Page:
A baby is born, but she hasn’t gotten enough oxygen and blood to her brain. It’s a serious complication known as hypoxic ischemic encephalopathy, which requires immediate medical attention.
The standard of care is to cool the baby’s body temperature to 33.5 degrees Celsius (92.3 Fahrenheit) within six hours, which generally requires a Level III or higher neonatal intensive care unit (NICU). Many hospitals do not have the equipment or expertise to cool the baby in the required timeframe so they request a transport by the Johns Hopkins All Children’s LifeLine critical care transport team, which begins the cooling process en route by ambulance, helicopter or fixed-wing aircraft using a device called Tecotherm NEO.
Tecotherm illustrates how education, research and philanthropy come together to improve patient care.
Johns Hopkins All Children’s began passive cooling during transport in 2015, but only 17 percent of patients arrived in the NICU within the therapeutic temperature range. Transport nurse Christine Muller, APRN, reviewed the literature and evaluated the data on passive and active cooling techniques for a paper she published while earning a University of South Florida master’s degree. The paper, “Neonatal Transport during Therapeutic Treatment,” demonstrates that active cooling during transport improves outcomes. A group of transport nurses, respiratory therapists and physicians then formed to consider options for a device that would actively cool patients in transport.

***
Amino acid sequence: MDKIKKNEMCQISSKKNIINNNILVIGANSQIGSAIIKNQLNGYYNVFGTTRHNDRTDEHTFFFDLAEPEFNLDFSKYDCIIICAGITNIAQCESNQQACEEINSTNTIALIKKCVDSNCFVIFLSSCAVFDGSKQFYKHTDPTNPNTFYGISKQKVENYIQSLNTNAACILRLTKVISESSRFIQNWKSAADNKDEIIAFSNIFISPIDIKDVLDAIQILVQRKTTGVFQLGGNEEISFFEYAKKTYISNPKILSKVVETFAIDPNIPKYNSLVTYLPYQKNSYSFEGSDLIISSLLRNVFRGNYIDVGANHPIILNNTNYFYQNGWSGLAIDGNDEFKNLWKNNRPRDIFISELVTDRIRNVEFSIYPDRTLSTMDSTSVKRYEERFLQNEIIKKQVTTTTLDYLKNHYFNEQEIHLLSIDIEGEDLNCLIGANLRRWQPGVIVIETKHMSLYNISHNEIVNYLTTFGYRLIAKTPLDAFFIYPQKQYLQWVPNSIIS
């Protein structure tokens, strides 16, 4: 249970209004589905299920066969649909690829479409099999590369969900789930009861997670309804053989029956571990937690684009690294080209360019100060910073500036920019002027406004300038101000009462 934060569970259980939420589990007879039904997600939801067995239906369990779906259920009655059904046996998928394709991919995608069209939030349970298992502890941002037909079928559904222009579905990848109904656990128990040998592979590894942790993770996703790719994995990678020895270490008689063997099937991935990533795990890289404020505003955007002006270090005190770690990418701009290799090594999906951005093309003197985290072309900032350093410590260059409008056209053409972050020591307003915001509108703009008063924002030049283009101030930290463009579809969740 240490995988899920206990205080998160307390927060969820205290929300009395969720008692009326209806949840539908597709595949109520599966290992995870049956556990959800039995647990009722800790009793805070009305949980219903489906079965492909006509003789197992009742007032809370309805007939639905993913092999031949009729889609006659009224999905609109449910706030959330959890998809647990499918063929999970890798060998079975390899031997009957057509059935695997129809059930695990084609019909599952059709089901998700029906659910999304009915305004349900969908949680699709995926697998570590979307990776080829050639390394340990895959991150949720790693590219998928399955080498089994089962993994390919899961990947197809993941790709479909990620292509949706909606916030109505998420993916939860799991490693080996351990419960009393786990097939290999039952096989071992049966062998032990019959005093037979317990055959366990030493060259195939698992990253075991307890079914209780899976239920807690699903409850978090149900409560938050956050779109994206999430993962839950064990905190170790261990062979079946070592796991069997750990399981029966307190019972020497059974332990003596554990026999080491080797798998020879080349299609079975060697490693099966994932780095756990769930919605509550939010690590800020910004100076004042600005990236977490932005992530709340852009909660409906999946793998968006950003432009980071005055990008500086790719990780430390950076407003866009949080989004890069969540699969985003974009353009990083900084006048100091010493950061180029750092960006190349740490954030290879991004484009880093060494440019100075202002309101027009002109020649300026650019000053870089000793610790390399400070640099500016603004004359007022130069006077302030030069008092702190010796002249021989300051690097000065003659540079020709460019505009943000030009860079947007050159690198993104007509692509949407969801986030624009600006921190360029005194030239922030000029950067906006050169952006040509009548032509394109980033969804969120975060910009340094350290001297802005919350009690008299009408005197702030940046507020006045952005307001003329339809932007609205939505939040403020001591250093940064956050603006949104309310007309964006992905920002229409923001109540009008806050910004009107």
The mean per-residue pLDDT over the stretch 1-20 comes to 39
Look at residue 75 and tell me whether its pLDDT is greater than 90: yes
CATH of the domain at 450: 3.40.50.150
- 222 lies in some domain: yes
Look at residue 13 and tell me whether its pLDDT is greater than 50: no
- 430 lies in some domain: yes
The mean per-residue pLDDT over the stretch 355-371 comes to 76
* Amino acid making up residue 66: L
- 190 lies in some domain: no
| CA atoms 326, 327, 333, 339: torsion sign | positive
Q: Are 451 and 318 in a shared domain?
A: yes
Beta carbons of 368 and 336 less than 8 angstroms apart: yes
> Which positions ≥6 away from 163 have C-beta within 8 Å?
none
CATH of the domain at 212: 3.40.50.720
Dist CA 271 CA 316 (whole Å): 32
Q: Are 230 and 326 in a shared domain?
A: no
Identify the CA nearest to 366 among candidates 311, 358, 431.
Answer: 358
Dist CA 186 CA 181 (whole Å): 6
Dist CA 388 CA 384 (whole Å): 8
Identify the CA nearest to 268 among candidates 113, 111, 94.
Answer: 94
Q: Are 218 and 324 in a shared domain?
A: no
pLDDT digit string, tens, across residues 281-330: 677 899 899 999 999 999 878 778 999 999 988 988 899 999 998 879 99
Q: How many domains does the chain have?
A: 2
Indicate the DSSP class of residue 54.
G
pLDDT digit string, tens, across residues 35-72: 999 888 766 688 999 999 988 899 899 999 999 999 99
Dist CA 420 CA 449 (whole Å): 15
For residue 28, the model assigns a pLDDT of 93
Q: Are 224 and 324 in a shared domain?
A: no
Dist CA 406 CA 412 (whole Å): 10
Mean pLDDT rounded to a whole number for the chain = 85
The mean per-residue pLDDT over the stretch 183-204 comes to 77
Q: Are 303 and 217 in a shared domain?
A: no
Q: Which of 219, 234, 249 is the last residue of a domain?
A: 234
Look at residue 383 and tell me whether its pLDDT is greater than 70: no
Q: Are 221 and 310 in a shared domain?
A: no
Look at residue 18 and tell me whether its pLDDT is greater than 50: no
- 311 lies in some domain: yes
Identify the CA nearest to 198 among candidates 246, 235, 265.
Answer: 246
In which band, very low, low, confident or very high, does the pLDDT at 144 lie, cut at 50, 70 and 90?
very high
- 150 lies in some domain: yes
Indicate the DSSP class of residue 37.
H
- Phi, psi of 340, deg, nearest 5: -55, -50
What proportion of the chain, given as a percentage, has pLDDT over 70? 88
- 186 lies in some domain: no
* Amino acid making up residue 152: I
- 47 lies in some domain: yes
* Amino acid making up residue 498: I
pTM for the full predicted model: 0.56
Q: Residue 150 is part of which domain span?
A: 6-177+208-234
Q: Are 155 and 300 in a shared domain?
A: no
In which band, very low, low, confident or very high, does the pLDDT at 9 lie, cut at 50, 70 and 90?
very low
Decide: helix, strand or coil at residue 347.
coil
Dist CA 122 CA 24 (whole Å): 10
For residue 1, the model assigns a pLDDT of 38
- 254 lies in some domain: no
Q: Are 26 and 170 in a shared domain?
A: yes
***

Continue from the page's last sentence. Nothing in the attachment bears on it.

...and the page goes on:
The first option was a heavy and cumbersome unit not designed for transport, but in 2014, the Food and Drug Administration approved Tecotherm, a small, portable active-cooling device that worked nicely in transport.
Former Johns Hopkins All Children’s Foundation Guild chair Judy Keyak answered the call with a multi-year gift pledge to support the purchase, and the transport team began using Tecotherm in 2016. By January 2017, 86 percent of babies transported with the device arrived at the NICU in the therapeutic temperature range. The LifeLine team now transports about a dozen infants a year using Tecotherm with similar success.
This story first appeared in For the Kids magazine, a publication of the Johns Hopkins All Children’s Foundation.